An overarching thread to interconnect the diverse sections has emerged through working on the sites themselves, based on what the sites at twilight evoke—the magic hour between day and night when anything is possible...  Musically and choreographically it will be eclectic but will cohere into one journey of many parts. This is evolving as the content for each site is created from the various groups. The natural sounds of the sites will be evoked, such as rustlings in the breeze, the pervasive sound of insects and birds at dusk, and the sound of the sea.  Music composer and director Ng Chor Guan will combine original compositions together with improvised scores in a combination of live and recorded music, including interactive interventions in real time. There is the potential for a mobile phone orchestra of sea (or other) sounds accessed by the audience from a website during certain parts of the promenade journey. Text that has emerged in the form of poetic fragments of stories provided by participants in response to the sites is being incorporated into the sound score.

Participating groups range from an over 60s yoga group and a group with disabilities, to an energetic Parkour group including parkour on bike, and a drumming group, as well as participants from the Barrier Reef Orchestra and acclaimed Aquapella choir. Youth groups comprise dance students from two local high schools.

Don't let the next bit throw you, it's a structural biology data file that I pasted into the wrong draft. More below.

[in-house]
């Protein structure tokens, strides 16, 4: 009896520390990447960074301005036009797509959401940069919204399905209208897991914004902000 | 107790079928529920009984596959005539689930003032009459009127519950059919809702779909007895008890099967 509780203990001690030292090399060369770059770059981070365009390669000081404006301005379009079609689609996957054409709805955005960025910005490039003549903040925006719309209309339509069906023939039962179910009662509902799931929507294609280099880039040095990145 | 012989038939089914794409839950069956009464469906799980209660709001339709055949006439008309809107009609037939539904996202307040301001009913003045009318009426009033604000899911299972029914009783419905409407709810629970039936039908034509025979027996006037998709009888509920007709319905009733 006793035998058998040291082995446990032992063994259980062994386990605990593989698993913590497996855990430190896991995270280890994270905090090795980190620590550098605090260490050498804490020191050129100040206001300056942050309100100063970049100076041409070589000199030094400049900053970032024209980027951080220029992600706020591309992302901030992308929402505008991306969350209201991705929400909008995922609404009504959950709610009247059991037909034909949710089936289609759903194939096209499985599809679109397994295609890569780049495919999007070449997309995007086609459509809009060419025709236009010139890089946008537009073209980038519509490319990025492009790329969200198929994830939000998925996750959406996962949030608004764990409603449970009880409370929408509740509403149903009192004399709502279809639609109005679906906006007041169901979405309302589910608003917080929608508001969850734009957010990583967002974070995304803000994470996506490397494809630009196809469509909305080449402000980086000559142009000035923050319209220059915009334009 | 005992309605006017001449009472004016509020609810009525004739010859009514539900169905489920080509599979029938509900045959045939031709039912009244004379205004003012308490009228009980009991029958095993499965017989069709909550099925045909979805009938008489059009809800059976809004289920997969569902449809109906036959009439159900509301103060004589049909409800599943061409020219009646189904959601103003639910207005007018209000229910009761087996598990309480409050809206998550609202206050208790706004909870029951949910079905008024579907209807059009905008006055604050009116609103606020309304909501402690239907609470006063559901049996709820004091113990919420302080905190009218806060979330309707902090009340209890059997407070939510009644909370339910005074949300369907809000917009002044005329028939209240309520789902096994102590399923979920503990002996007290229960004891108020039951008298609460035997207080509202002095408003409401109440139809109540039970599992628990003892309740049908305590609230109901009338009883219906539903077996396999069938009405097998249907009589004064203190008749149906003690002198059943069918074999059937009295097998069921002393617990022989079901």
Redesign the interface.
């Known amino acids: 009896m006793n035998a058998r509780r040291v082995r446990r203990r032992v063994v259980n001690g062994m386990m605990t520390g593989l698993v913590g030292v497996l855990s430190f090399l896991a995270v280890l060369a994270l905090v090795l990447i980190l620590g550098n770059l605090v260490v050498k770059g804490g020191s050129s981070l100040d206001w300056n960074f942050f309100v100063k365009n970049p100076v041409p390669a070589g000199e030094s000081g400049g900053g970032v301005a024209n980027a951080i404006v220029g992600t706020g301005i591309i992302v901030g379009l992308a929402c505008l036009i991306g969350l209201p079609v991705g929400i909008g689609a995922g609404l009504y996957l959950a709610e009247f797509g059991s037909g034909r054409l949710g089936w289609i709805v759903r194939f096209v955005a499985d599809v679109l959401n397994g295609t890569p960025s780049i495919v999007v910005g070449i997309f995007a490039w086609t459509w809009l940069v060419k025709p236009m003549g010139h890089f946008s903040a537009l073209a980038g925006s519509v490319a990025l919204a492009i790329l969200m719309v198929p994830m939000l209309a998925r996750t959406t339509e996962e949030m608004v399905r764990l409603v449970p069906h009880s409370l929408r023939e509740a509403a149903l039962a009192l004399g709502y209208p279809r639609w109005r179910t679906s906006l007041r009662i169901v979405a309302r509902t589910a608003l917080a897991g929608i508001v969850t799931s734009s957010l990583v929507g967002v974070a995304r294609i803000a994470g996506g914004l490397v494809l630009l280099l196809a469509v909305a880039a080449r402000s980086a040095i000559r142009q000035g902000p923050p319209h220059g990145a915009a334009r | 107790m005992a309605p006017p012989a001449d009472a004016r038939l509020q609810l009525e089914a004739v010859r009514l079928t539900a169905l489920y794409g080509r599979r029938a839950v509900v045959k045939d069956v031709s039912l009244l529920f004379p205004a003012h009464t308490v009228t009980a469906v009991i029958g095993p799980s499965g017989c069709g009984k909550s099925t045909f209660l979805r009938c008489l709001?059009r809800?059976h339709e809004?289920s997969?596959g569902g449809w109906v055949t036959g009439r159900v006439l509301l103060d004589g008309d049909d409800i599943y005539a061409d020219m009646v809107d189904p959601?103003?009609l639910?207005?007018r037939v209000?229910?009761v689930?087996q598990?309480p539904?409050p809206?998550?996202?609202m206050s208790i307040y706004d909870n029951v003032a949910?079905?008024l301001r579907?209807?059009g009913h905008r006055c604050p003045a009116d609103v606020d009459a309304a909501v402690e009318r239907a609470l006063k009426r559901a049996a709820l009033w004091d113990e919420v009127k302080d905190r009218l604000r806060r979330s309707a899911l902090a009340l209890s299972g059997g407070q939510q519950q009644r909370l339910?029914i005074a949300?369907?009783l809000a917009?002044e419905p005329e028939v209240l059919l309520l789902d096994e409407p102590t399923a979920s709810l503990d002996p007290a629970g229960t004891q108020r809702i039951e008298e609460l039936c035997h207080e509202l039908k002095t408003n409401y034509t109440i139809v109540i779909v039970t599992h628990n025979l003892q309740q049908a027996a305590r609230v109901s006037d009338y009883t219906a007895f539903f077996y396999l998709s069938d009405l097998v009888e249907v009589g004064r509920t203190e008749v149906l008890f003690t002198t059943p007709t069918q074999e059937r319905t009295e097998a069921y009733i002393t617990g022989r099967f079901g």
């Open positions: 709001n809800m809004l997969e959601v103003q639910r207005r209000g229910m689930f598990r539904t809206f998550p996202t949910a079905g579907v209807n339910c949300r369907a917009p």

Secondary school students walking, sitting and laying on a pathway in a garden setting. Others stand waiting on at the top of a flight of steps looking down at a performance director who stands facing them. Left: Dance students from Kirwan State High School on site. Right: Dancenorth dancer Mason Kelly taking rehearsal with Kirwan State High School students. Photos: Cheryl Stock.

The two sunset performances on 2 and 3 October will begin at 5.45 pm with a Welcome to country by Wulgurukaba elder Virginia Wyles, accompanied by a smoking ceremony and creation dances by the Ngulumburu Boonyah Women’s Group. Pathways have been carefully chosen so that those unable to manage stairs will have an alternative route on the sloping ramps. Many sections will unfold as the audience travels with the performers while others feature short performances for audiences to stop and observe.

Guides wearing Dancenorth Twilight shirts will assist audience members to traverse the sites while logistics will be provided by the company’s production staff and crew.

Twilight event details

  • Dates: Friday 2 and Saturday 3 October 2015
  • Venue: Jezzine Barracks, Townsville
  • Time: 5.45 pm to gather at entrance
  • Duration: approximately 75 minutes